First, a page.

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nsmadsen

15 Good DAWs

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I've been wondering how one particularly compares one DAW to another. I started with MixCraft 6 which was really easy to get into. I tried Reaper a bit but couldn't figure out how to get at the piano roll and/or the midi cc options for the longest time, and then when I did, I couldn't figure out how to get them to work.

 

I ended up working with Cubase 8.5 Pro and I sure don't know what that left to be desired. Expression maps, tempo tracks . . . well it seemed to do everything I needed with high-quality VST software (EW Hollywood and PLAY software).

 

I never used it for audio recording/editing though, so I don't know about that.

 

I just used it at my job, so I wonder if (in the future) I might be interested in a different one, though, if there's some sort of potential for improvement. I mean, I know some DAWs are more than twice the cost of Cubase and it all just makes me wonder what I don't know about how to pick a good DAW.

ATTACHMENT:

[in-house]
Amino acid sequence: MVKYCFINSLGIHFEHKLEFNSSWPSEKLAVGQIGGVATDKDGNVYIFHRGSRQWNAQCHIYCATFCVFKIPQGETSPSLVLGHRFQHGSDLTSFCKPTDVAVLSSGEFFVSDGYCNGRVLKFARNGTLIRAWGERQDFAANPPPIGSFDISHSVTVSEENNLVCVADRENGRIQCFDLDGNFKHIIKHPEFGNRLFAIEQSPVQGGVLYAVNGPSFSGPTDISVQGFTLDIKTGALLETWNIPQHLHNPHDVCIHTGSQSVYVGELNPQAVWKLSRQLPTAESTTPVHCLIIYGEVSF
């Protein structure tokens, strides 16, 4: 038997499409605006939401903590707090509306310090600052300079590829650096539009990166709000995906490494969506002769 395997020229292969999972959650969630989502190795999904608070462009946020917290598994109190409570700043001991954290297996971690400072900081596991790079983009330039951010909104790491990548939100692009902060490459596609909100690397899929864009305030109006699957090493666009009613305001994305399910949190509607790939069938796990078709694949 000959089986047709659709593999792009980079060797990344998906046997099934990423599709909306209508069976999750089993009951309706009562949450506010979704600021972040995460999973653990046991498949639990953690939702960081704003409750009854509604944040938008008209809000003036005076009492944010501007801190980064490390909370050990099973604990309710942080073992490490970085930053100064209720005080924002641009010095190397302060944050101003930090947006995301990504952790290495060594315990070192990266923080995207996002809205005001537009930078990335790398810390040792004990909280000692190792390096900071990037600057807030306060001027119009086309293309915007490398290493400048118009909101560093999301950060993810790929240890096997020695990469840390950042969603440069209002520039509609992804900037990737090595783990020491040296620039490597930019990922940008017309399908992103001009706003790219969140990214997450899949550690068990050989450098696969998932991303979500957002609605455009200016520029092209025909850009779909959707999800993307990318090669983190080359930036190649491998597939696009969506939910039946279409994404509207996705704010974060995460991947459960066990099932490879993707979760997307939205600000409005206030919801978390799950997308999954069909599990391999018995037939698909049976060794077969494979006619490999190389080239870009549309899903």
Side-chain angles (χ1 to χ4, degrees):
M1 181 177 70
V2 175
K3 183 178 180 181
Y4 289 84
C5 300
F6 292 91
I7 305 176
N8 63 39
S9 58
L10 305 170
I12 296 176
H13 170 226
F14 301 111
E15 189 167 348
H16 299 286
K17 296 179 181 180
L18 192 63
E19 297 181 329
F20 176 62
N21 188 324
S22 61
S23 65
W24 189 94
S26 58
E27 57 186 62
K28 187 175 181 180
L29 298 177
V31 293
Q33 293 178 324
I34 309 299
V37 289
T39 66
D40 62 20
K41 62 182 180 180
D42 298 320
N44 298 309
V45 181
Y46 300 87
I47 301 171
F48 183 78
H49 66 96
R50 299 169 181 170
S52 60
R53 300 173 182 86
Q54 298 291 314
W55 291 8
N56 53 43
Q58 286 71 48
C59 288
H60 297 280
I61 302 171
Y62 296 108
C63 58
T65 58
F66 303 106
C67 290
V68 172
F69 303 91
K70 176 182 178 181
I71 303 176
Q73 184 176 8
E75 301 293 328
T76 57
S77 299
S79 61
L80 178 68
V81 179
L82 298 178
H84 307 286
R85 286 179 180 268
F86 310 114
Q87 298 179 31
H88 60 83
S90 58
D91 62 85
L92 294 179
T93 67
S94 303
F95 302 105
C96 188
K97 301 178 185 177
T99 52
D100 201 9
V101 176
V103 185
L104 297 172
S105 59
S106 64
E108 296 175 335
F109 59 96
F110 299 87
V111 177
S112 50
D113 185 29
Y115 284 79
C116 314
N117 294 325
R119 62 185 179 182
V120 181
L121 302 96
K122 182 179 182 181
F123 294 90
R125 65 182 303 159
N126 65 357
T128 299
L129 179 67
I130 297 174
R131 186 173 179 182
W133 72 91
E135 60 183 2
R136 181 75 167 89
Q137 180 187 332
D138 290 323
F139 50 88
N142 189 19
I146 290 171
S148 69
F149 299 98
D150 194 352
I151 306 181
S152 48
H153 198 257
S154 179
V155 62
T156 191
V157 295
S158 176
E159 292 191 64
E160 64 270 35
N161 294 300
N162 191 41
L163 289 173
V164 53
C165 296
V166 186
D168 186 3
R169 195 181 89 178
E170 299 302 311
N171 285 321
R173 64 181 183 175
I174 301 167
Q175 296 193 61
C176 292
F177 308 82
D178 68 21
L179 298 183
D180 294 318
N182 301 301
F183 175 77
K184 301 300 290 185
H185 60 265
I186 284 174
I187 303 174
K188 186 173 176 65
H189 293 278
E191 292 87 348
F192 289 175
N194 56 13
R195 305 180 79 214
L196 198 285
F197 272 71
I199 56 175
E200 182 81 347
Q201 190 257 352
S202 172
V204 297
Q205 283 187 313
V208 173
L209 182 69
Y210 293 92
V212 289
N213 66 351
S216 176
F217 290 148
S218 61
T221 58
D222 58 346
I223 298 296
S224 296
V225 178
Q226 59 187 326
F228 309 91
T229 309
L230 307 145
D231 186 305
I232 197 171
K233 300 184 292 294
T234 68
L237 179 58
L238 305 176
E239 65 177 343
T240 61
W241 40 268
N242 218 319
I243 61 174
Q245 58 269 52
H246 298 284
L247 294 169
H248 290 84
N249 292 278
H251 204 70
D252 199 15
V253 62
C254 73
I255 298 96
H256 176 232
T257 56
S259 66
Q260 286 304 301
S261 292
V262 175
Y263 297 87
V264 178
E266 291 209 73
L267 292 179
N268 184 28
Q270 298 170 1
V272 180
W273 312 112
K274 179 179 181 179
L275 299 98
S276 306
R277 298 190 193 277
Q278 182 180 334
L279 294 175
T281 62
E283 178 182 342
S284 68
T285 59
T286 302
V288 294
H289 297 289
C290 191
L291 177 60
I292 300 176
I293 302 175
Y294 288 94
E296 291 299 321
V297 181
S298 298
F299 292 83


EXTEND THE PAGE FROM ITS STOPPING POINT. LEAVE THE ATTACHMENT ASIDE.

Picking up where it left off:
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I equate different DAWs to different car makes and models. Some of different features, some label things different but, at their core, they all do the same thing. And it largely comes down to the user's preferences and personal needs.

It's never a bad thing to get to know several DAWs. Myself, I work with:

  • Pro Tools 12 Native (when doing a lot of audio editing mainly),
  • Logic Pro X (this is my main DAW that I do composition, sound design and mixing in),
  • Reason 6.5 (I sometimes write in Reason or use Rewire to bring in sounds I love from Reason into Logic).

 

Each DAW has it own strengths and weaknesses.

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Pro Tools had made leaps and bounds of progress when it comes to MIDI support. But it's still VERY far behind the curve of other major DAWs. Where Pro Tools really excels at is audio editing. It's just so stream lined and effective. Better than any other DAW I've used and I've used a lot of them. Having said that, Avid's business model and the way they nickel and dime you is ridiculous.